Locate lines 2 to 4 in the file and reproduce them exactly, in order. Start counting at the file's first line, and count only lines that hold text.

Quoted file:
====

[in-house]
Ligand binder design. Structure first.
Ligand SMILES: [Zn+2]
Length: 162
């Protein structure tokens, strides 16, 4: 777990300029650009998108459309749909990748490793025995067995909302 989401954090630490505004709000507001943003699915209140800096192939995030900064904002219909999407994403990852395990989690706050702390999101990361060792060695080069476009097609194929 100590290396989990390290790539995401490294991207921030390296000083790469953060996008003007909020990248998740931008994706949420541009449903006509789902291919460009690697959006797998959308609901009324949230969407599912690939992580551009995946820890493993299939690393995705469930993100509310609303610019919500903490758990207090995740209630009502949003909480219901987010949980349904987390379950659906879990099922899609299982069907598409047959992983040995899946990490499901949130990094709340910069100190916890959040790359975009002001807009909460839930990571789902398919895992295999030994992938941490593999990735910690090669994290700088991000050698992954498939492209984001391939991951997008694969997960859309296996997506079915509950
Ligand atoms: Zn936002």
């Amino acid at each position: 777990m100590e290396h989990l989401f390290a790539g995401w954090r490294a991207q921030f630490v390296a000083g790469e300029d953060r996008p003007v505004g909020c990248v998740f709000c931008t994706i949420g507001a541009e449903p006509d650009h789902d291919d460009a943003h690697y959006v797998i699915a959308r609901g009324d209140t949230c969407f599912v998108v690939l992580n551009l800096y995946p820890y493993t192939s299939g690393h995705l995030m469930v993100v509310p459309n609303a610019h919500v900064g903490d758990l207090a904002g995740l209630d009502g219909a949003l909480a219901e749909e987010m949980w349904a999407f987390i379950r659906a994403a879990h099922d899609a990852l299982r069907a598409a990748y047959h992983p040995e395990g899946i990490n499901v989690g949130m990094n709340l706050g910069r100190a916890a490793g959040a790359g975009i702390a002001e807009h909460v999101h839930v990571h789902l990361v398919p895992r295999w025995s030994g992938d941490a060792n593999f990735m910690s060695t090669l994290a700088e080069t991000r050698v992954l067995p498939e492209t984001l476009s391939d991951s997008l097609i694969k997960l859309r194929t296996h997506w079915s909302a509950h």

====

Ligand binder design. Structure first.
Ligand SMILES: [Zn+2]
Length: 162